|Mac is asked to defend a sailor accused of working with al-Qaeda after converting to Islam, leading to fraught interactions in court with Sturgis Turner when he doesn't have any issues with the sailor's (deserved) guilt and life sentence being earned via a foreign government's torture of a suspect. Harm's mission to extract an agent from Libya goes awry when the man wants his family evacuated as well, and he attempts the impossible by landing his C-130 Hercules on board the USS Seahawk, which appears to be the only safe landing point. After successfully landing the C-130 on the deck of the USS Seahawk, Harm is inadvertently shown on ZNN, which puts his CIA career at risk.[note 1]|
|188||6||"Back in the Saddle:Part II"||Kenneth Johnson||Stephen Zito||October 31, 2003||188||12.20|
|Fired from the CIA (after he was seen on ZNN in "Touchdown"), Harm takes a job as a crop-duster. He meets Mattie, a 14-year-old tomboy and owner/operator of "Grace Aviation". Mac and Bud are surprised when a former colleague, who returns to JAG as Harm's replacement, reveals that her law credentials are fake. The Admiral asks the Secretary of the Navy to reinstate Harm's commission due to the massive backlog created from Commander Caroline Imes' failure to pass the bar exam and having to review all her previous cases.|
|189||7||"Close Quarters"||Bradford May||Dana Coen||November 7, 2003||189||13.00|
|Sturgis must determine the intent of 10 North Korean sailors rescued by an American submarine when their Midget submarine sinks while dealing with an angry Korean-American intelligence officer (Tony Lee) and a possible SARS outbreak. Harm helps out Terrence Minnerly (Ossie Davis), a destitute African-American veteran who was once part of the Great Lakes Experience.|
|190||8||"Posse Comitatus"||Stephen Cragg||Paul Levine||November 14, 2003||190||13.60|
|Harm and Mac investigate a Marine Corps AH-1 SuperCobra helicopter pilot who intervened in a local law-enforcement hostage situation in Arizona and fired on the civilian suspect in a likely violation of the Posse Comitatus Act. Bud helps a Naval Reserve physician who claims that his Quaker beliefs make him unsuited to remain in the Navy.|
|191||9||"The Boast"||Bradford May||Matt Witten||November 21, 2003||191||13.30|
|Mac investigates when a Marine is accused of boasting about killing an Iraqi prisoner. Harm and the Admiral witness a Navy pitcher hit a Marine batter during a friendly baseball game, leading to the pitcher being charged with assault.|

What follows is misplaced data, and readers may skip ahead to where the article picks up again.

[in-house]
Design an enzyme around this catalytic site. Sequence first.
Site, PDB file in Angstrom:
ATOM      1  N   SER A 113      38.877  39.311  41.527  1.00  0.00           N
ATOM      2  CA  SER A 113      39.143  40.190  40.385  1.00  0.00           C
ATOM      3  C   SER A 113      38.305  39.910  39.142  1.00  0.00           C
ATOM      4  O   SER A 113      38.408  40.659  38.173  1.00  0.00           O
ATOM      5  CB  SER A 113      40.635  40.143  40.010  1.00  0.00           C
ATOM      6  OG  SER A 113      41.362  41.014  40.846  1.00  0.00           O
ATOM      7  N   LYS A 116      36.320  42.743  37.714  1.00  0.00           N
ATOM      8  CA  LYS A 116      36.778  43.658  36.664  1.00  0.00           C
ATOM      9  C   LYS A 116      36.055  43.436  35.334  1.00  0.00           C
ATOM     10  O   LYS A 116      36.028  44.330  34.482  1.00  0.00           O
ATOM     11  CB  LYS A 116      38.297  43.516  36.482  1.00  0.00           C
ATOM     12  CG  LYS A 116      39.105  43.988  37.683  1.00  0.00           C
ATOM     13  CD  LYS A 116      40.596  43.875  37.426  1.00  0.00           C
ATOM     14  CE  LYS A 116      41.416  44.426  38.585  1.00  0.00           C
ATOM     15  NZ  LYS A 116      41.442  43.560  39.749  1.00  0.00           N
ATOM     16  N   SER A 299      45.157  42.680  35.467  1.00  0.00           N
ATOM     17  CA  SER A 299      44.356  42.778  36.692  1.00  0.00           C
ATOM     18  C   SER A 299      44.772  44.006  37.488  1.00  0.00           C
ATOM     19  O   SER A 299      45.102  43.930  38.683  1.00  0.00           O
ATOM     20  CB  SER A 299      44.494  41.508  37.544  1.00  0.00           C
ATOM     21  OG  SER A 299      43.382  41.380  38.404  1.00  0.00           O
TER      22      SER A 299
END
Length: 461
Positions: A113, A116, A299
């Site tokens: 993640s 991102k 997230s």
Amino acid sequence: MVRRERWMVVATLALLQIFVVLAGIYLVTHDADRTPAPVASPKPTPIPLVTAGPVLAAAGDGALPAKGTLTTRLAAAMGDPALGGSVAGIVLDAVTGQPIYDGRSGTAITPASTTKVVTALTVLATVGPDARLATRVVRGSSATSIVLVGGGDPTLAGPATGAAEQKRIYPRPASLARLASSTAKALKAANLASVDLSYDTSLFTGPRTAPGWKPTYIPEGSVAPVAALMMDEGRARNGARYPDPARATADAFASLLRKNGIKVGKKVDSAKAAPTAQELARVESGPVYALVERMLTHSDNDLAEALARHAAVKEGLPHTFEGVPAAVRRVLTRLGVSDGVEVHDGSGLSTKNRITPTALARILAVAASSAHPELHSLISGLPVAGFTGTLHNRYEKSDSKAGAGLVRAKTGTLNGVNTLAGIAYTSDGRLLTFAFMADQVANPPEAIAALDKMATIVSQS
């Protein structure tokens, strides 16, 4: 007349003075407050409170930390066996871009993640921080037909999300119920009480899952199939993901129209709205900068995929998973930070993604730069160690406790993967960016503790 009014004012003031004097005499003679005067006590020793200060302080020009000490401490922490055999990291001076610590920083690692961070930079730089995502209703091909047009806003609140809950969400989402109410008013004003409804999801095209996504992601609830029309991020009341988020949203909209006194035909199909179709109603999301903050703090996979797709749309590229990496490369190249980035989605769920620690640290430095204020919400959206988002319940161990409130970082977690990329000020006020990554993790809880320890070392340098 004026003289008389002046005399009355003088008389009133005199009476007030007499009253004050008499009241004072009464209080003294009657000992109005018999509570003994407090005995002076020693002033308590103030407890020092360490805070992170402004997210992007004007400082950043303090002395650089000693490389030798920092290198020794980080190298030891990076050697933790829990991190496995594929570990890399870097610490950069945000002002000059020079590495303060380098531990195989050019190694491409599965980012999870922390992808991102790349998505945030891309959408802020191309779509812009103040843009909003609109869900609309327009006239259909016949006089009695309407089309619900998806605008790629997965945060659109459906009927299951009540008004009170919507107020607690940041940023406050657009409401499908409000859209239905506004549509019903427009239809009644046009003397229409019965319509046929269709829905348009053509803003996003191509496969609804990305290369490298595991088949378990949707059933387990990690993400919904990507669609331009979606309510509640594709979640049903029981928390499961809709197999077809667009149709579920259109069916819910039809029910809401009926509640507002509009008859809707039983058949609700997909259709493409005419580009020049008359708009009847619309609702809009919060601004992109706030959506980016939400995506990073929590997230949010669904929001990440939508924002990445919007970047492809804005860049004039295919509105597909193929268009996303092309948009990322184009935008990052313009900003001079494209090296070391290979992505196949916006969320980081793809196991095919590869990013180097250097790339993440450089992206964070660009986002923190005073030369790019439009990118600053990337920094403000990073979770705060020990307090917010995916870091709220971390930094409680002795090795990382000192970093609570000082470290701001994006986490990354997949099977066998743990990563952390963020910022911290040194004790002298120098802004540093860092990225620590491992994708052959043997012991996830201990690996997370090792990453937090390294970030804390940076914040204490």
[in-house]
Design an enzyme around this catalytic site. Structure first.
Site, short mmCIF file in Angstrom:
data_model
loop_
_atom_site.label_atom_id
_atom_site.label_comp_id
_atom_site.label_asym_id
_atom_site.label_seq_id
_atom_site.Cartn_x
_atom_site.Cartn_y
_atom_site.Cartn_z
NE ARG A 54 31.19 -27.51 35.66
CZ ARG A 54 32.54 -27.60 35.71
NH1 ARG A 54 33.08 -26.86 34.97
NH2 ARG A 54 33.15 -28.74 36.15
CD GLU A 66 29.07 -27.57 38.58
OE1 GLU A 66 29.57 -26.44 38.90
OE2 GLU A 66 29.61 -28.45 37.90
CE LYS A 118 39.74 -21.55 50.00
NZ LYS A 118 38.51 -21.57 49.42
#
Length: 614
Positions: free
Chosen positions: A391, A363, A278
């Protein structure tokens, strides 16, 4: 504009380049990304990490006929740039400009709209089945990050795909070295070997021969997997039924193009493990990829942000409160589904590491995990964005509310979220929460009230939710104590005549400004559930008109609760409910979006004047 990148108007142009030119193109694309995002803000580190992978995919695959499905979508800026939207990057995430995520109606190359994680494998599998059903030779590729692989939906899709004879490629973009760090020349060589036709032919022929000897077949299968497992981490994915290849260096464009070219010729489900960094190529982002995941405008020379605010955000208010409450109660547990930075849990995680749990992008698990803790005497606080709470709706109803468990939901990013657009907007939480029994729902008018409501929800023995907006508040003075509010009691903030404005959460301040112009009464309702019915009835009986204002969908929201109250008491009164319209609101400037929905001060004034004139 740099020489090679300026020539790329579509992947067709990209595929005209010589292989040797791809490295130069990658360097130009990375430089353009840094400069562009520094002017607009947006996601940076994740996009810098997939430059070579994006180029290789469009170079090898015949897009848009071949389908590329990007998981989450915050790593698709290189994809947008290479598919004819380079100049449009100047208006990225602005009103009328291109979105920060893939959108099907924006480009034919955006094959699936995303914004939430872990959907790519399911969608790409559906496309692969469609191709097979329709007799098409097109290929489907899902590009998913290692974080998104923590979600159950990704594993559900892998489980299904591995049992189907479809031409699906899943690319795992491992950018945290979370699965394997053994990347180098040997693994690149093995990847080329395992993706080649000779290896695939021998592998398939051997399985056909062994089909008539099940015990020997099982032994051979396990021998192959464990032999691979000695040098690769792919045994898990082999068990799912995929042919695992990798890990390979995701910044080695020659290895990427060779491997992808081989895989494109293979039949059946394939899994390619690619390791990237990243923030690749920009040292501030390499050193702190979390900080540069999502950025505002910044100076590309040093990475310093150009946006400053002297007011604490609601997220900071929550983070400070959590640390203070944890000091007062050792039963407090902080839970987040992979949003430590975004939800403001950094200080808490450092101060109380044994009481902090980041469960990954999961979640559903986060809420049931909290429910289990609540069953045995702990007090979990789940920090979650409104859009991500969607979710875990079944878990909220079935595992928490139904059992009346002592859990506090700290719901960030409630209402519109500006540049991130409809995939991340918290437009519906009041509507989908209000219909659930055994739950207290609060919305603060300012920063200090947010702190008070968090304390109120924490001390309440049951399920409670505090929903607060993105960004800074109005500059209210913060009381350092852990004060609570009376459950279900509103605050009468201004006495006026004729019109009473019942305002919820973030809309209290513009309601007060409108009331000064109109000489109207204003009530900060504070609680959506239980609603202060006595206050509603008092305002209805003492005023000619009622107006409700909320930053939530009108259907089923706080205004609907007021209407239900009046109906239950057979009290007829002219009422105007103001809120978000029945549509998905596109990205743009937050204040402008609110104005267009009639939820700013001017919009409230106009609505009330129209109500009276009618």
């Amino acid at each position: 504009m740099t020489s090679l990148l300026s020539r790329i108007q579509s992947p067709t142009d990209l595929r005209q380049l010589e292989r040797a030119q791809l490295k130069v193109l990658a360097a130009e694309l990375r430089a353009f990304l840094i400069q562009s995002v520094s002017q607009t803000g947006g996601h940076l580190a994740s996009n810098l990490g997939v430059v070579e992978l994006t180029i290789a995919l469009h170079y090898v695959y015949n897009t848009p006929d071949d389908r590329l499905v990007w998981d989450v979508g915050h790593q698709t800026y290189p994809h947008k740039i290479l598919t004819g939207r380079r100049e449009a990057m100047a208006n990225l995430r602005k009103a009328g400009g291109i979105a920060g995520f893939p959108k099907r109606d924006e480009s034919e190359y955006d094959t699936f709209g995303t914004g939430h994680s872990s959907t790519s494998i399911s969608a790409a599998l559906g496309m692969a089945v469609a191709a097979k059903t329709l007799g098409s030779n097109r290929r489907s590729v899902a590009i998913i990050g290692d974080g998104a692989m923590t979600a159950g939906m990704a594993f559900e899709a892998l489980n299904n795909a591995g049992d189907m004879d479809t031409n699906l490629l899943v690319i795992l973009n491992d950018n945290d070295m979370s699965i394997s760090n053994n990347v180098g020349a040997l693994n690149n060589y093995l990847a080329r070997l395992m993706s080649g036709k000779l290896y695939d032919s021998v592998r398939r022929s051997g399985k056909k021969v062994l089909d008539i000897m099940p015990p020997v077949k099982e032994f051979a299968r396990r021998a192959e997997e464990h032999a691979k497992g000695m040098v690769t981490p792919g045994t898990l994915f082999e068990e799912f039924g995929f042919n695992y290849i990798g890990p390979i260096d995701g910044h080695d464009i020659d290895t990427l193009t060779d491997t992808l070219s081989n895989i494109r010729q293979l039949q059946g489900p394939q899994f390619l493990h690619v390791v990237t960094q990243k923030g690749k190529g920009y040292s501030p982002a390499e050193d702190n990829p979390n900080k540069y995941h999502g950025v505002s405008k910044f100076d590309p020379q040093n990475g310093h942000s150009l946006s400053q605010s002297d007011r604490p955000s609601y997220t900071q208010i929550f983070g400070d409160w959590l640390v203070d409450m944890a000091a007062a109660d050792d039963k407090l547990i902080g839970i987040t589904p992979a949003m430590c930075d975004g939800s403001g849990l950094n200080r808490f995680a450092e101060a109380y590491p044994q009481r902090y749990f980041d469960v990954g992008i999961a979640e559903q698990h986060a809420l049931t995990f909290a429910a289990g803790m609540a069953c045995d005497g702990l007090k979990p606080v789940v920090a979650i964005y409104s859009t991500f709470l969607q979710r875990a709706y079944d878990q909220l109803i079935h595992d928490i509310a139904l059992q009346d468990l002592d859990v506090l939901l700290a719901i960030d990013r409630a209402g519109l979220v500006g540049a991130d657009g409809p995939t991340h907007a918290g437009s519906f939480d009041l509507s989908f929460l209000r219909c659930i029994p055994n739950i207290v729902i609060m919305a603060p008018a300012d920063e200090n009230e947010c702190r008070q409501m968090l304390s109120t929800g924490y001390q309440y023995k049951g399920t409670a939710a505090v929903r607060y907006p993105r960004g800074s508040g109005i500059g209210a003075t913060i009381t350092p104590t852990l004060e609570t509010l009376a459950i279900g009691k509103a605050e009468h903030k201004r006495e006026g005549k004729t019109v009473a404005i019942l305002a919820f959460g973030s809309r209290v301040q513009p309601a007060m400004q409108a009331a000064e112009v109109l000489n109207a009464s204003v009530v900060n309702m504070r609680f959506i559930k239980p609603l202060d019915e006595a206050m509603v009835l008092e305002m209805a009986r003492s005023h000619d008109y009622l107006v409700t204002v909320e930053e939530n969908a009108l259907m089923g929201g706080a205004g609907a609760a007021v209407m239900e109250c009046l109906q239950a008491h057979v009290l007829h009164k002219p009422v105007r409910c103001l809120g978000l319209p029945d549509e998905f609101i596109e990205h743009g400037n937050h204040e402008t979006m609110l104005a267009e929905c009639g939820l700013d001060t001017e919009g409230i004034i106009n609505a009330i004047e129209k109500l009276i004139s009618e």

|192||10||"Pulse Rate"||LeVar Burton||Darcy Meyers||December 2, 2003||192||13.00|
|When a sailor is killed while repairing a radar dish, Harm and Mac must determine if his death was an accident.|
|193||11||"A Merry Little Christmas"||Bradford May||Stephen Zito||December 12, 2003||193||12.60|
|Harm's attempts to become Mattie's legal guardian (from "Back In The Saddle") are complicated due to his single status and bachelor lifestyle. Sturgis Turner finds a new girlfriend in the form of a USO vocalist (Erica Gimpel). Harriet Sims manages to complete her OIG liaison assignment. The Admiral has difficulties in giving a present to his girlfriend in time for Christmas, but Petty Officer Jennifer Coates manages to help out. After a Christmas sermon from Chaplain Turner (Bill Cobbs), Mac brings Mattie to Harm at the Vietnam Wall after convincing Mattie's father to allow Harm to be her guardian.|
|194||12||"A Girl's Best Friend"||James Keach||Darcy Meyers||January 9, 2004||194||12.30|
|The admiral's investigation into Meredith's diamond engagement ring leads to an international smuggling operation involving blood diamonds, while Harm adjusts to having Mattie around full-time and rents a neighboring apartment for Mattie and Coates. The admiral's investigation leads him to the Naval Research Laboratory and a lieutenant smuggling lab-made diamonds on the black market. Meredith cheats on the admiral with a fellow professor from Italy.|
|195||13||"Good Intentions"||Michael Fresco||Thomas L. Moran||January 16, 2004||195||12.00|
|Mac must defend a petty officer accused of murdering a female officer, but the man has no memory of the night in question, while a Navy SEAL who purchased nerve gas needs Bud's help to avoid prison.|
|196||14||"People v. SecNav"||Dennis Smith||Larry Moskowitz||February 6, 2004||196||12.50|
|When Iraqi civilians are killed in a bombing raid conducted by Navy fighters flying off the USS Enterprise, Secretary of the Navy Edward Sheffield (Dean Stockwell) agrees, in a calculated political move, to stand before the International Criminal Court in The Hague, and he wants the best litigators JAG has to offer defending him on foreign soil. A babysitting incident with Little A.J. creates a rift between Bud and his brother Mikey.|